SCRIPTWRITING WITH CELTX
Part 2: Writing Your Script
Here we go with the second part of my Celtx demo. If you missed the first part or need a refresher, you can find it HERE.
On with the lesson!
WRITING YOUR SCRIPT
Presumably you have already written a synopsis and a treatment (a scene by scene telling of the basic story) and have your characters and other essential information all worked out and added to your Screenplay catalogue (such as props, locations, cast, etc) on your Celtx project which means we are ready to go.
The first thing to remember is that Celtx works on a predictive basis, meaning it is programmed to recognise and suggest which instructions you want to use next (eg: dialogue, action, scene heading, etc). This is very handy as it saves you much time in typing out names as well as guiding through the various stages of the scripting process
Always keep an eye at the bottom left hand corner of the workspace as this tells you what function will appear if you are to press the “Enter” key or the “TAB” key.
To begin you’ll notice in the top right hand corner of your workspace, the action tab should automatically be set to “Scene Heading”.
Click in the document writing space and a grey box will appear. If your story is set in the outdoors you’ll want the “Exterior” note abbreviated to “EXT.”; conversely if it is set indoors your want “Interior” or “INT.”.
Click in the grey box and type the first letter of your location and it will offer either and E for “EXT.” or an I for “INT.”
Then type your location description after it followed by a “–“ then if it is “DAY” or “NIGHT” :
Hit enter and it will move to the next line. Notice the Action tab will now read “Action”. Start typing the first scene of your story.
When you come to a character’s name, it is possible that you will need to highlight them then click on the “Notepad” Icon on the small box at the left hand side of the workspace, select “Character” from the list then click “Add”.
This will highlight the character’s name in red to mark their first appearance in the script and will store it for the catalogue for writing dialogue.
When you have written your passage, you will notice in the option of continuing writing or if you press “Action” you can start a new scene, or you can press “Tab” to the first stage of writing the dialogue which is “Character”.
Type the first letter of the character you want and the full name will appear in a dropdown box.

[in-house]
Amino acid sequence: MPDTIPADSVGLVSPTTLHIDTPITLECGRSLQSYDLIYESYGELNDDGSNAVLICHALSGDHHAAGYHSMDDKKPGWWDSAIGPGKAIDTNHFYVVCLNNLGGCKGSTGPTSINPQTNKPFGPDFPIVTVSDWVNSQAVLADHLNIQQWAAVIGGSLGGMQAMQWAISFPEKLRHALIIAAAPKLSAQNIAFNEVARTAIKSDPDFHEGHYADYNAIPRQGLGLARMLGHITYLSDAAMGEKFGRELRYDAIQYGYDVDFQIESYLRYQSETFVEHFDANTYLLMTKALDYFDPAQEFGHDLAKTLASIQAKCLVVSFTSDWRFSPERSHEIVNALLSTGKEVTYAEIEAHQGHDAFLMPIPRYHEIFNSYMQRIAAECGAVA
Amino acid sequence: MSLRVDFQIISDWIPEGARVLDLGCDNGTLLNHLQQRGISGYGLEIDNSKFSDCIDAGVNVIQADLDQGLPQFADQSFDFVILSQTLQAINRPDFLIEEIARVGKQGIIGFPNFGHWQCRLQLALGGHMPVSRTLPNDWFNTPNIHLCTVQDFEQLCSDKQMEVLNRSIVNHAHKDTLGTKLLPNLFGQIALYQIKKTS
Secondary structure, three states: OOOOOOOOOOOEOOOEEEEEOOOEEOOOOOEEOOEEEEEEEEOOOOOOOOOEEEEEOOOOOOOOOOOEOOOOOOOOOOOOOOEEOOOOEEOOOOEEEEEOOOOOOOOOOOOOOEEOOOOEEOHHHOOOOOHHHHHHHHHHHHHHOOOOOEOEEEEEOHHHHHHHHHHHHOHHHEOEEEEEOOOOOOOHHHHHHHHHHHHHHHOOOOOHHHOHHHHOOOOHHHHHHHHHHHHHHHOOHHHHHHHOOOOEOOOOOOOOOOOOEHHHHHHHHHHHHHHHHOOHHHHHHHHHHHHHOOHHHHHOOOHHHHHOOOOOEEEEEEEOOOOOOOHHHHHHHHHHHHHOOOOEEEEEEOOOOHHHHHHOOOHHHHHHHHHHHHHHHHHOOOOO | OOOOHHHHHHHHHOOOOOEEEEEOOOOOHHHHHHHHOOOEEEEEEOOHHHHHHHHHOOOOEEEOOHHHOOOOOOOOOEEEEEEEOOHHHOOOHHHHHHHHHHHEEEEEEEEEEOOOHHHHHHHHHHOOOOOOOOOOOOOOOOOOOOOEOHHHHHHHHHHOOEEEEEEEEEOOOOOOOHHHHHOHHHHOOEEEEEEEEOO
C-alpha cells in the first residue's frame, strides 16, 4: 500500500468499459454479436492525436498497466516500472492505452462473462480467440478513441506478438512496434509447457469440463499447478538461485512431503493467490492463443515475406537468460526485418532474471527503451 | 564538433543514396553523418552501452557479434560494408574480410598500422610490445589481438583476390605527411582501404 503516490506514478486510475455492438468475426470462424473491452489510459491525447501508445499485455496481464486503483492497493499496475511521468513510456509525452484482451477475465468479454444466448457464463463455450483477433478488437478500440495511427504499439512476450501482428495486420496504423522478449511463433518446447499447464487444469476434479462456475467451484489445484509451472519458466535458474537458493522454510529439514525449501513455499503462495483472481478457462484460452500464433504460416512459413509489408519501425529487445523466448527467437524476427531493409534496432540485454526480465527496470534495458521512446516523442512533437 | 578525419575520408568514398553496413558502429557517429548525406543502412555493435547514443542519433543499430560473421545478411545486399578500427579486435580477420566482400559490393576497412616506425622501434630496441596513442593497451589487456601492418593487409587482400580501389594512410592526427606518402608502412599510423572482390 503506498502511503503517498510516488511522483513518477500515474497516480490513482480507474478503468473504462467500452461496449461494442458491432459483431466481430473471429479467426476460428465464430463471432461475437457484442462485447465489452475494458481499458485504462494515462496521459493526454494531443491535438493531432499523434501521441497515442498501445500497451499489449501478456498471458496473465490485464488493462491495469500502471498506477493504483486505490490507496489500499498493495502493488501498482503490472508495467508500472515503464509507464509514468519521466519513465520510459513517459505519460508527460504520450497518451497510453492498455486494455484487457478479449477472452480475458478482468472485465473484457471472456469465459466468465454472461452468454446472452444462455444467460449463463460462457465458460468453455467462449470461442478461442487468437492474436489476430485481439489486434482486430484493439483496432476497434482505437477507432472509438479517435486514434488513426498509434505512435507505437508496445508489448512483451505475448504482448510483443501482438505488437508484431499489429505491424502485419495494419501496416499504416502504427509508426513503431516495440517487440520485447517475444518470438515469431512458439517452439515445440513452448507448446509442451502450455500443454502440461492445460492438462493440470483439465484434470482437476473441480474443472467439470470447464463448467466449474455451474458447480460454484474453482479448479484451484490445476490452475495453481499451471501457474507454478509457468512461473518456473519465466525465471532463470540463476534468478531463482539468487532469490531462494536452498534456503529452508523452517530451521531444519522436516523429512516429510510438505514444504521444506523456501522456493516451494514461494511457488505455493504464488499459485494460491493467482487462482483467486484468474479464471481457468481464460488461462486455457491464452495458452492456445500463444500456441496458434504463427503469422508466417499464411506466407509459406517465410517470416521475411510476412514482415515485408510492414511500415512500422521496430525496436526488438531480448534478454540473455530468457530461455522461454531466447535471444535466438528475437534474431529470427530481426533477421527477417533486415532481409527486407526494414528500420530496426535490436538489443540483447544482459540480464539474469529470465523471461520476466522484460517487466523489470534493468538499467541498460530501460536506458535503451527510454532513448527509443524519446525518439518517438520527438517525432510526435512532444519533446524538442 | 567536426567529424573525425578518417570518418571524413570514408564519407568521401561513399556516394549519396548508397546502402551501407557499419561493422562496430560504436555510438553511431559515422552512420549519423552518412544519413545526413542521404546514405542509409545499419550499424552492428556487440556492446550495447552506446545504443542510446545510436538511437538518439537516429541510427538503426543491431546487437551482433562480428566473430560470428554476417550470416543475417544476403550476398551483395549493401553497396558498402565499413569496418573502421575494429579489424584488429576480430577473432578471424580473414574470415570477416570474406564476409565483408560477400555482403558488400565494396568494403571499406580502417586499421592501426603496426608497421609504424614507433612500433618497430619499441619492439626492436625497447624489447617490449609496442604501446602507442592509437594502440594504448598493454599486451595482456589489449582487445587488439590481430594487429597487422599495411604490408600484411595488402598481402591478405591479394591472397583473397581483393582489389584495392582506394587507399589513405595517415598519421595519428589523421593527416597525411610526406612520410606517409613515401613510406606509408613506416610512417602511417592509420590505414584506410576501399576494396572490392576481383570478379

Press “Enter” and you are ready type your dialogue. If you want, you can add a parenthetical (or a “wryly” to give them their professional nickname) by pressing the TAB key once.
If you don’t need a “wryly” then press TAB again and it will revert back to Dialogue.:
Just continue this process to flit between action, dialogue, characters (remember the names should always be capitalised) and scene headings. Usually the Scene Heading option will appear from the “action” mode, when it believes you have come to an end of a scene. Just hit “Enter” to start a new scene and follow the previous steps.
You can also add shots into your script by clicking on the action box at the top and selecting “Shots” (N.B – you will also find “transitions” and “text” options here too but I’ve not yet used them
so I’ll skip them for now).
This again works on a predictive basis so all of the shots are stored so you just need to type the first letter for the options to appear:
While it will take some time, you will get used to the tab/enter way of working and build up a steady rhythm which I hope you will find much easier and convenient than having to keep stopping to change idents, capitalising and typing names and other formatting nightmares.
That’s the basics for writing your script. Next time I’ll look at some of the additional features that makes Celtx has to offer to make this a more inclusive experience as well as some of the functions for an aesthetically professional looking script.
If you have any questions please reply to this thread and I or anyone else familiar with this software will try to answer them for you.
Until then, thanks for reading!